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World Class Technology and Talent Battle Cancer at the Centenary Institute
The Centenary Institute, one of Australia's leading medical research institutes, unveiled a powerful microscope unlike any other in Australia today.
Representing the cutting edge in medical technology and microscopy, the unique imaging features of the multiphoton microscope will enable scientists at the Centenary Institute unprecedented access to the secret workings of living tissues at the cellular and molecular level.
The Centenary Institute is equally excited about the arrival of Austrian Professor Wolfgang Weninger, one of only a handful of people in the world who specialises in using the multiphoton microscope in the immunology field to view immune responses in real-time in living tissue.
At the Centenary, Professor Weninger will lead a team of researchers to study the dynamics of the immune system's response to cancer and infectious diseases.
Professor Weninger said, "Cancer is still a leading cause of death in Australia. There is a need to develop improved anti-cancer therapies based on the use of the body's own resources - namely our immune system. This type of microscope is an outstanding tool to study how our bodies fight cancer both in early and advanced stages. If we can learn more about how our immune system attacks cancer cells directly in the context of intact tissues, we hope to develop improved immuno-therapies."
Using the multiphoton microscope, Professor Weninger's team pioneered ground-breaking imaging models to record how the body's defences fight tumours and infectious diseases. He has already astounded the medical community in Australia and the world by showing real-time videos of white blood cells invading and destroying cancer cells in living tissue.
Centenary's Executive Director, Professor Mathew Vadas said, "The arrival of Professor Weninger and the multiphoton microscope marks a new era in medical research for the Centenary Institute. With one of his recently published papers among the ten all-time highest-ranked papers in biomedicine, we are honoured to have such an eminent researcher as Professor Weninger join the Centenary Institute.
I am confident that the results of his team's research will vastly improve our understanding of how the body's immune system fights cancer and infectious diseases. The multiphoton microscope will also support the research of other Centenary scientists particularly in auto-immune and liver diseases."
The multiphoton microscope at the Centenary Institute has two unique features, its imaging mode and laser. The unique imaging mode uses multiple laser beams and means fast moving objects and dynamic processes in living tissue can be viewed, for example, cells in the blood stream. The laser has been enhanced with a unit called an OPO that produces longer wavelengths of light than those used in other microscopes enabling researchers to potentially look deeper into living tissue than ever before.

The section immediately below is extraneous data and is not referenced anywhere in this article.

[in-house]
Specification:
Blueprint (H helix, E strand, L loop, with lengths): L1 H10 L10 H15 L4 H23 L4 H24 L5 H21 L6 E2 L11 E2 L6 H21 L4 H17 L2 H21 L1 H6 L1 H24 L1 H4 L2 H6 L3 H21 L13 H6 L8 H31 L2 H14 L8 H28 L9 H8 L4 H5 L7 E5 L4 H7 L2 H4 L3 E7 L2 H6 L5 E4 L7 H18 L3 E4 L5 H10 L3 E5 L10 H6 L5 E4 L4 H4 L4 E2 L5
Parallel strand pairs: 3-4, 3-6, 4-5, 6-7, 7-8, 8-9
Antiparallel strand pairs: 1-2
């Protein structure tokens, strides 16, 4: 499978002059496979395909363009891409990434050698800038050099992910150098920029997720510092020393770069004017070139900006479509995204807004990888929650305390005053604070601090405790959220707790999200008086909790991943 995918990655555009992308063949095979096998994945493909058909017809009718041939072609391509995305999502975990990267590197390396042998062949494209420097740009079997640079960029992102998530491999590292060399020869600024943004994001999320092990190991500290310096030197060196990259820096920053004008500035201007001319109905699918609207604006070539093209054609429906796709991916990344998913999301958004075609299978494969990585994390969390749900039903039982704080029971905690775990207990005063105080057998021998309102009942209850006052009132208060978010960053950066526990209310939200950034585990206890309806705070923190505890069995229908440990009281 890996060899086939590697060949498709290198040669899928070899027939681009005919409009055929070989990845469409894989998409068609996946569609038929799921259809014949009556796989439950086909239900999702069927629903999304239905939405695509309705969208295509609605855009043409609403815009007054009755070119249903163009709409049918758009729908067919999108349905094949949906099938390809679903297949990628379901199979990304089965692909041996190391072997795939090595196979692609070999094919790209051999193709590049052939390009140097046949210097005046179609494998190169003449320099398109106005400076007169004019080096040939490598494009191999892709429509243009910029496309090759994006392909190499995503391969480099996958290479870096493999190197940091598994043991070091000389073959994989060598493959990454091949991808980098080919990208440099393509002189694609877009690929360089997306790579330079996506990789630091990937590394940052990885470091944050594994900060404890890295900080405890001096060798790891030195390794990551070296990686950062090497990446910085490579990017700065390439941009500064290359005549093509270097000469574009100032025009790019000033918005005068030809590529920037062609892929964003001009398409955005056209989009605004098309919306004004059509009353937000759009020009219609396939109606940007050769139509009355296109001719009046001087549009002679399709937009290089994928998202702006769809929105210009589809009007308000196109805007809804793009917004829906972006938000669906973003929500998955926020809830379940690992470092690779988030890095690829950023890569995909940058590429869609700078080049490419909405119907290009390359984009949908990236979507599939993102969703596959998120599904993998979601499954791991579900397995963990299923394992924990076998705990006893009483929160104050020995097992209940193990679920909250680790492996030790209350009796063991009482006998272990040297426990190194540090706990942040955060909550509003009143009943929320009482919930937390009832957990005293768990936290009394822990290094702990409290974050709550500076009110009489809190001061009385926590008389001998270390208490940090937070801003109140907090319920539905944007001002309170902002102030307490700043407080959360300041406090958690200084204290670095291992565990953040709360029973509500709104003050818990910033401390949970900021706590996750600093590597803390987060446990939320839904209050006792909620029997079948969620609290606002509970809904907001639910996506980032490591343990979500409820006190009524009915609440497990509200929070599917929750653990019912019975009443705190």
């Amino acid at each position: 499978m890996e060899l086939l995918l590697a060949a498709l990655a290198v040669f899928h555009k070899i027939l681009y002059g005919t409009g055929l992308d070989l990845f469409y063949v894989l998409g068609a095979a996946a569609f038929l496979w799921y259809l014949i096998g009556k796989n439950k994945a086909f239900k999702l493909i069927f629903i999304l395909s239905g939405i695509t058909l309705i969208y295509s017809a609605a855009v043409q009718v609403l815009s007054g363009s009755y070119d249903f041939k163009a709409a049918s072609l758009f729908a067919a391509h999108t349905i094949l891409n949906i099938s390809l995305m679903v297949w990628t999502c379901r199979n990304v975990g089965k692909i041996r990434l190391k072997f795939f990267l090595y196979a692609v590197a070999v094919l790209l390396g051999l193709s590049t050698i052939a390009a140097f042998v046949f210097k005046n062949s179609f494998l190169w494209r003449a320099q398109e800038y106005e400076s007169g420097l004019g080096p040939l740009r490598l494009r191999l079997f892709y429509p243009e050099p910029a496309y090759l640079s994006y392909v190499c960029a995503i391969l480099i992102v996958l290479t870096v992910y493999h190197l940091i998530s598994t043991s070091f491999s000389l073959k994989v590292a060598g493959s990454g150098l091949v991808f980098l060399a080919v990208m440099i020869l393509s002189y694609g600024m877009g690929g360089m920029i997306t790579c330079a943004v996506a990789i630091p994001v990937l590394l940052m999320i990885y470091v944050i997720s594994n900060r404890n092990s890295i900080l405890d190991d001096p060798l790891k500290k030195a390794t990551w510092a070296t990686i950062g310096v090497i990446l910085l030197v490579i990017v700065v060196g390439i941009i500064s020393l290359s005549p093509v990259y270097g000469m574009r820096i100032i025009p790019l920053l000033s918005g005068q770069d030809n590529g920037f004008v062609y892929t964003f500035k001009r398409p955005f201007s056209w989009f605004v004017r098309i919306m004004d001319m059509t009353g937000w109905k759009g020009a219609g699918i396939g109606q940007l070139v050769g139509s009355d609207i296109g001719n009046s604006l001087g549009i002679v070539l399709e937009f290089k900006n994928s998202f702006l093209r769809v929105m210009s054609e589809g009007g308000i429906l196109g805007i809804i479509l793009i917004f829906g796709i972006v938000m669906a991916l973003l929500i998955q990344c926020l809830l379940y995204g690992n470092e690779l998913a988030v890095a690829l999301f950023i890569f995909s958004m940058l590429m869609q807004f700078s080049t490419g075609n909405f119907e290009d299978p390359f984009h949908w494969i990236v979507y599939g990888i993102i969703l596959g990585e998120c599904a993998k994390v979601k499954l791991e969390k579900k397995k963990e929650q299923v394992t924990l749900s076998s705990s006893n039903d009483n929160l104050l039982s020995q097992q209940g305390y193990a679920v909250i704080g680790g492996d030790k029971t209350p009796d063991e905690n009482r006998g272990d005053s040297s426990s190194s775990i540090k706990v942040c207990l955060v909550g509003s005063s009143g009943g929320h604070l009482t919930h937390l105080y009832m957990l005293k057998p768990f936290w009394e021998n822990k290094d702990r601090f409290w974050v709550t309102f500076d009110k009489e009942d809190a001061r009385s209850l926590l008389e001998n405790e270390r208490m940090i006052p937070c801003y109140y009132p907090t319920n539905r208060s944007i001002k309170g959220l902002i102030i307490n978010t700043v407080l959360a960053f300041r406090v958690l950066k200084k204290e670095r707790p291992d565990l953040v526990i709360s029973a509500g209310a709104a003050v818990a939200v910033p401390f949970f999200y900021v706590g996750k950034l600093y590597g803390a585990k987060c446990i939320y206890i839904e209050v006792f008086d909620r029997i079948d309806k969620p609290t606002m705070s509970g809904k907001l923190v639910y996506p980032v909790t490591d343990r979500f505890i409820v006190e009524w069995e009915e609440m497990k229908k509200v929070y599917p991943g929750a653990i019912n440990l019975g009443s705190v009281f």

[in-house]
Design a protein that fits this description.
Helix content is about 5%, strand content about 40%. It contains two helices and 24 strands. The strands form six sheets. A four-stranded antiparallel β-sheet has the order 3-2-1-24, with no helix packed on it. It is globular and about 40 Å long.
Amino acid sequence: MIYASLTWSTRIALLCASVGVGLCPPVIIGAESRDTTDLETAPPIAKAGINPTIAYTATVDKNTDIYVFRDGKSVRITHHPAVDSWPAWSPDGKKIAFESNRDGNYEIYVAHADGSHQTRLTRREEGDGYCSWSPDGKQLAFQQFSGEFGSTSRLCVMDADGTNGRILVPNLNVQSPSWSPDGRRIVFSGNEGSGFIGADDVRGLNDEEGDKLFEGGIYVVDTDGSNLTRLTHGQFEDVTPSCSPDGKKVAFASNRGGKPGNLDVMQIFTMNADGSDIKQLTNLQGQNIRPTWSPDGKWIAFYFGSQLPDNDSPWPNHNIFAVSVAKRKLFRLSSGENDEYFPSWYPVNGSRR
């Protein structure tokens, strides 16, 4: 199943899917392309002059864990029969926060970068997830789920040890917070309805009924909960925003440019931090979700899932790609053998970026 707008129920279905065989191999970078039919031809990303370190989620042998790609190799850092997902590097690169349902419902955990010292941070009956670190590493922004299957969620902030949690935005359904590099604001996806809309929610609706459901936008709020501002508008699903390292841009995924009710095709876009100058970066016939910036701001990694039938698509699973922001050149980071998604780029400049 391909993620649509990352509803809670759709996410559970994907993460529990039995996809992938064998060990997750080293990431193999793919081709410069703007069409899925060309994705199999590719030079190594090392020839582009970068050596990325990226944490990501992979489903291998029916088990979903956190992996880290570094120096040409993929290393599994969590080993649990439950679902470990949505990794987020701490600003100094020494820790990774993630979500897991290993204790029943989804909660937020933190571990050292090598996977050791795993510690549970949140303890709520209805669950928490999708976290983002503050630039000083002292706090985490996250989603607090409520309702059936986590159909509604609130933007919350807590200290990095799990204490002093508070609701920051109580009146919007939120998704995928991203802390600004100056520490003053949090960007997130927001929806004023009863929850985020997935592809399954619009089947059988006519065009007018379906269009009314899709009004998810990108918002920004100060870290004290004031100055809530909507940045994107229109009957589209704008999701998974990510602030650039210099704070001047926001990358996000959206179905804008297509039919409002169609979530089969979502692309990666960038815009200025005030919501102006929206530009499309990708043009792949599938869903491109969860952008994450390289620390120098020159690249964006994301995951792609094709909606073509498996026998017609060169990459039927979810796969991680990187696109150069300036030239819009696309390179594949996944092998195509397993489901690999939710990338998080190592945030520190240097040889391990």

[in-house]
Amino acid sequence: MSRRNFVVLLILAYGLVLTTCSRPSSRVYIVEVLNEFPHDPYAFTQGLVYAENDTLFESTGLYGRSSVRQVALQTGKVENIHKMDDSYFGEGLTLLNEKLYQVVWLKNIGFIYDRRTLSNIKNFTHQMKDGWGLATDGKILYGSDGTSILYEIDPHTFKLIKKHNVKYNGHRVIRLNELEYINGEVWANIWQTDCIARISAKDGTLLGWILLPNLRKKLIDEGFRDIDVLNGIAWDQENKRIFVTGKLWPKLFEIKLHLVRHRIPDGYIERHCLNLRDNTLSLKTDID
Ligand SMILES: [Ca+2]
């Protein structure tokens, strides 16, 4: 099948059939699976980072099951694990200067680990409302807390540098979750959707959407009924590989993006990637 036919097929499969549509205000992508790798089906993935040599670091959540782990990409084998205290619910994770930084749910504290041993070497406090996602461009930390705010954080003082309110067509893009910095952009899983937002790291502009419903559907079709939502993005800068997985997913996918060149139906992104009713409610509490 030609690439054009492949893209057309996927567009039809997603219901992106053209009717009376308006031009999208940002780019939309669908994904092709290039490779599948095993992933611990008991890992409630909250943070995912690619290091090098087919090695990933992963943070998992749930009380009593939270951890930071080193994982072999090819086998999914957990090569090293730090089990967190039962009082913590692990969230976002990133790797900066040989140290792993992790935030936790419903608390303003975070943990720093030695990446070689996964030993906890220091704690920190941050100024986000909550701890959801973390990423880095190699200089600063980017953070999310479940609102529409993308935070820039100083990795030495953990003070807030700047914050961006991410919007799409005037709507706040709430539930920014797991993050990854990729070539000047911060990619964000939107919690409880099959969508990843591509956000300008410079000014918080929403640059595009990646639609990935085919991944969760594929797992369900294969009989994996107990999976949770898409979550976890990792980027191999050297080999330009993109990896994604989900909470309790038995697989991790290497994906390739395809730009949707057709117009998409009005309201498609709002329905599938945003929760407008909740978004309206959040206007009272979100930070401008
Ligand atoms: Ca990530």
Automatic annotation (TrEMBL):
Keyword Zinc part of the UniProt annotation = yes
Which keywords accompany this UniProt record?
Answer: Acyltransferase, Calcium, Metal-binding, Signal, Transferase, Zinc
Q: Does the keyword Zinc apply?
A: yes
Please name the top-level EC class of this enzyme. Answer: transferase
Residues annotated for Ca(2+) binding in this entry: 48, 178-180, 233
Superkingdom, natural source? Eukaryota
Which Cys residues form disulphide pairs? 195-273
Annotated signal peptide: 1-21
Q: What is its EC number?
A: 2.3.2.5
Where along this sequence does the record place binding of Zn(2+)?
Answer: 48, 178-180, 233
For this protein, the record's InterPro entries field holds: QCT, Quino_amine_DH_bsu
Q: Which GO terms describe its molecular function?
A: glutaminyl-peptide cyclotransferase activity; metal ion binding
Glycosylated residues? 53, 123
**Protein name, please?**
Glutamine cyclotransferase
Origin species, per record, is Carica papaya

About Centenary Institute
The Centenary Institute, located on the grounds of Royal PrinceAlfredHospital in Sydney, is a centre of excellence in medical research with a portfolio of projects in cancer, immunology and molecular medicine. The Centenary Institute's strategy is to undertake cutting edge research into the biology of normal and diseased cells, with the goal of improving our understanding of what causes disease and to translate these discoveries into clinical practice through the development of new vaccines, better diagnostic tests and innovative forms of treatment.
Professor Wolfgang Weninger is Head of the Centenary’s Immune Imaging Group. He is also Chair of the Department of Dermatology, University of Sydney. Between 2003 and June 2007 Professor Weninger was a Faculty member at the prestigious Wistar Institute and the Department of Dermatology, University of Pennsylvania, Philadelphia, USA. The Wistar Institute is a nonprofit biomedical research institute in the United States and holds the prestigious Cancer Centre designation from the National Cancer Institute. Before Wistar, he spent over four years in Professor Ulrich von Andrian’s laboratory at HarvardMedicalSchool, Boston, USA. Professor von Andrian is one of the pioneers in in vivo imaging of immune responses.
In the last eight years since completing his clinical training at the Department of Dermatology, University of Vienna Medical School, Vienna, Austria (1992-1999), Professor Weninger has made numerous important contributions to the understanding of tissue-specific migration pathways of immune cells, in particular to and within sites of inflammation and tumours. He has published 49 original articles in leading biomedical journals including Science, Nature, Nature Immunology, Immunity and the Journal of Experimental Medicine as well as 8 review articles in top journals, such as Immunological Review and Seminars in Immunology. Many of his papers have had large impact in the field, with several having already more than 200 citations times by other scientists. He is listed in the Faculty of 1,000 Biology for a paper which is among the ten all-time highest-ranked papers in biomedicine. The Faculty of 1,000 Biology is an online research service that comprehensively and systematically highlights and reviews the most interesting papers published in the biological sciences, based on the recommendations of a faculty of well over 2,300 selected leading researchers ("Faculty Members").
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